“Roy, I need you to be on your best behavior,” said my friend Tony who worked for Epos Acoustics, an English loudspeaker company. “I’m going to bring Margaret Beckett to your room at CES. She’s here on a trade mission and I want her to meet companies that import British products
Margaret Becket was leader of the House of Commons under Tony Blair’s Labor Party government in the early 2000s.
“It’s really important that you don’t talk to her unless she asks you a direct question. The British ambassador will accompany her. If you’re on your best behavior, I may be able to get you invited to lunch.”
By chance, we were playing Beatles music when she arrived. So, I gave my presentation joking that as well as importing British Hi-Fi equipment, I only play British music on it. After the presentation, Ms. Beckett asked the usual general questions, and as the conversation was soon lagging, I asked her if she was here to meet President Bush, who had recently been elected.
“Oh no, that’s Tony’s job,” she replied. And then, to keep the conversation going, she added, “I have met Bill Clinton.” At this point, I saw the ambassador wildly gesticulating behind her. He was telling me to shut up. Unfazed I responded, “That’s nothing special, my Mother-in-law has met him twice.” She started to go red and the ambassador, glaring daggers at me, rushed her out of the room.
Curiously, I never was asked to join them for lunch.
A few years ago, at the High End show in Munich, Germany, a company approached me offering me a way of connecting any of my products to the Internet. This was long before Bluetooth and Wi-Fi became ubiquitous, and although his product was expensive, the technology seemed promising, so I listened to his sales presentation.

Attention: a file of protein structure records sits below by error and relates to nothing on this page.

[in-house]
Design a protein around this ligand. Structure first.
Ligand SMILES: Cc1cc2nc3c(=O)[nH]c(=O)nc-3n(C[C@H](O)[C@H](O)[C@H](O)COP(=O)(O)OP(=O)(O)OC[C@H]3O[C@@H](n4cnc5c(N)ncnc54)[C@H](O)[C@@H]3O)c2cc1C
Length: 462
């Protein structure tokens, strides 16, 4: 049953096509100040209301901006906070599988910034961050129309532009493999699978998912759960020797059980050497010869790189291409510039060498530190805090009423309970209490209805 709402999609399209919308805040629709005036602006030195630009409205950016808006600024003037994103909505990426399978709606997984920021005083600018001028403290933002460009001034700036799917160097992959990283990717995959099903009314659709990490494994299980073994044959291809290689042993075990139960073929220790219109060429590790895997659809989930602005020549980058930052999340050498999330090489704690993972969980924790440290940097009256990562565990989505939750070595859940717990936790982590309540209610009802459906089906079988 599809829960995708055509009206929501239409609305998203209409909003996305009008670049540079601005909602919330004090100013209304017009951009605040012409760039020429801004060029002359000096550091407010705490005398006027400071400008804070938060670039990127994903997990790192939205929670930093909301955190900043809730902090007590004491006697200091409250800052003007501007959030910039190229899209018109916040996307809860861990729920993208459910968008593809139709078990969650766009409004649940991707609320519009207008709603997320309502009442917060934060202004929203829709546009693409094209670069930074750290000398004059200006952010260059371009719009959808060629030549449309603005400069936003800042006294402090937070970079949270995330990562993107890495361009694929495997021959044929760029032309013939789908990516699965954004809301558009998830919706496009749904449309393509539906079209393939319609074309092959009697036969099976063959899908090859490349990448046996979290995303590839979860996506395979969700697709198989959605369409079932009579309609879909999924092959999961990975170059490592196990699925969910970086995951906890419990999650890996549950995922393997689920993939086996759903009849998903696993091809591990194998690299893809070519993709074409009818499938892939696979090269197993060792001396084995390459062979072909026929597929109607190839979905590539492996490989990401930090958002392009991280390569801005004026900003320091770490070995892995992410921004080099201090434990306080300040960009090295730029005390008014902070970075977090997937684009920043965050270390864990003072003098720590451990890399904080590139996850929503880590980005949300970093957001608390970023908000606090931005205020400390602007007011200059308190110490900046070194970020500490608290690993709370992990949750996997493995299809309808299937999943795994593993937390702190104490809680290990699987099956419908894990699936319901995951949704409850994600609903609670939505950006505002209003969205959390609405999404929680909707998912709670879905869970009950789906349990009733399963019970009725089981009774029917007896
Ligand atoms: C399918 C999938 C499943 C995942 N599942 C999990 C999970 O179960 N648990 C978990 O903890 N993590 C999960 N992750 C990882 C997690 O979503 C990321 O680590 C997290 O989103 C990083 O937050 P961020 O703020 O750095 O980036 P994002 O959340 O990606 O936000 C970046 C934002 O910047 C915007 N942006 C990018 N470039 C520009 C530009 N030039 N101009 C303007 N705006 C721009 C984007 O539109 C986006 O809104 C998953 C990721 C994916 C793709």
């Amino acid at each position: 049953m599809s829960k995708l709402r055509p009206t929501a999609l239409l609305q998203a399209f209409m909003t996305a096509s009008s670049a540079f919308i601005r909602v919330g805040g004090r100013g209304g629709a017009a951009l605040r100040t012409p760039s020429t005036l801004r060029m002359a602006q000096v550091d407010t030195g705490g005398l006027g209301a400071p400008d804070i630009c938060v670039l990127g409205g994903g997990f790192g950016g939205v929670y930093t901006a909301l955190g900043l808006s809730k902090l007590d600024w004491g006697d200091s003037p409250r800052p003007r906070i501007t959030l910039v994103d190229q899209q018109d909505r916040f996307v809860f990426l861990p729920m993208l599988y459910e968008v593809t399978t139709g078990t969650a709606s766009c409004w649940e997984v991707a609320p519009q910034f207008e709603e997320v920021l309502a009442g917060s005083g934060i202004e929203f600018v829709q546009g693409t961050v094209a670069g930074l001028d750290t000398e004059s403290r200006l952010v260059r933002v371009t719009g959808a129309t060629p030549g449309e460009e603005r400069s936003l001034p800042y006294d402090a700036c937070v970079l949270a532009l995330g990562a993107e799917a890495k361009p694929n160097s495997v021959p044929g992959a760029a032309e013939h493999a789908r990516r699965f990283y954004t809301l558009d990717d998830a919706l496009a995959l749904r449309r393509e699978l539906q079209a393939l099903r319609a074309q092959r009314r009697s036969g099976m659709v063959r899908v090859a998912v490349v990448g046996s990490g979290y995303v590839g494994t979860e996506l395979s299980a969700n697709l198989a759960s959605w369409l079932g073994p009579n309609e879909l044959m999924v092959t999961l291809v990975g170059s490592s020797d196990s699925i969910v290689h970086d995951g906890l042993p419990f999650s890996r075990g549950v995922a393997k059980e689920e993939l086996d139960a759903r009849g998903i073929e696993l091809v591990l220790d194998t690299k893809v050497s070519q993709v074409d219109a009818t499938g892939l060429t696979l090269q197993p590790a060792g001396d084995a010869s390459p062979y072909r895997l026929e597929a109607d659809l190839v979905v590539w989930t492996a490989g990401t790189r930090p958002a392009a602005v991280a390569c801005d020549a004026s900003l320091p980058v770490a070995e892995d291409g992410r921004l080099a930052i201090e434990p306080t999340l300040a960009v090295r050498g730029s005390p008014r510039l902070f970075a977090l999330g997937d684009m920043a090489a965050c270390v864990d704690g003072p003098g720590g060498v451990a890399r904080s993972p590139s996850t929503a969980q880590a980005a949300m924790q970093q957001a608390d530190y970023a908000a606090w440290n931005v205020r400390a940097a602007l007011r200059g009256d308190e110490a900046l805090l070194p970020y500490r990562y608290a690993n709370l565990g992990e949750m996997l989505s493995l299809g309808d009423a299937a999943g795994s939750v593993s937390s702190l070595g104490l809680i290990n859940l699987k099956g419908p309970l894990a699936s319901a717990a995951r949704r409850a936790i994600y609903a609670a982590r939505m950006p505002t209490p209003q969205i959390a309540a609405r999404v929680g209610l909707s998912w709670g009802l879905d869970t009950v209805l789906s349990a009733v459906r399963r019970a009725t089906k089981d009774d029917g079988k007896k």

He explained that there were five steps the end user would have to do to activate the module. This seemed a lot for novices like myself, so I suggested that he, as an obviously clever software engineer, build most of these steps into the firmware. He resisted this idea and explained that it was too complicated for him to do.
I pressed him yet again and that’s when he lost his temper. “It doesn’t matter anyway,” he bellowed at me. “You and your kind will soon be dead.”
Stereophile, the Hi-Fi magazine, used to organize shows. The whole Hi-Fi community would exhibit, and they were perfect for networking and schmoozing. One evening, I had arranged to take out a bunch of the magazine’s reviewers for dinner. It was a good group, comprised of John Atkinson (still the editor), Michael Fremer (still the analog guru), my friend Bob Reina (now sadly deceased), Wes Phillips (also gone), my sidekick Leland Leard, and I think one other journalist. We went to a restaurant in Los Angeles called AOC and had a really good meal. We also drank a lot of wine. At the end of the evening, I asked for the check. I expected it to be expensive and it was. The bill read $840, so I added approximately 20% to the bill, as a tip, and rounded the charge up to $1000. We went outside to wait for the taxi and as it had not yet arrived, I went back into the restaurant to use the toilet. My waitress, on seeing me, came over and thanked me gratefully for the generous tip. I told her it was my pleasure and that we all had a great time.
The next morning, Leland and I went out for breakfast. We were staying in Manhattan Beach and walked down towards the sand. We found a restaurant and ate breakfast outside, enjoying the bright California sunshine. When the bill arrived, I took out my credit card to pay and wrapped around it was the receipt from the previous evening. I opened it up, read it, and started laughing. In the restaurant the previous night, the lighting was dim but in that sunlit morning, everything was crystal clear. I looked at the total and the amount read $640. I had given the waitress a $360 tip. No wonder she thanked me so profusely.
What to do? Nothing. I reckoned that both of us got a good story out of my mistake.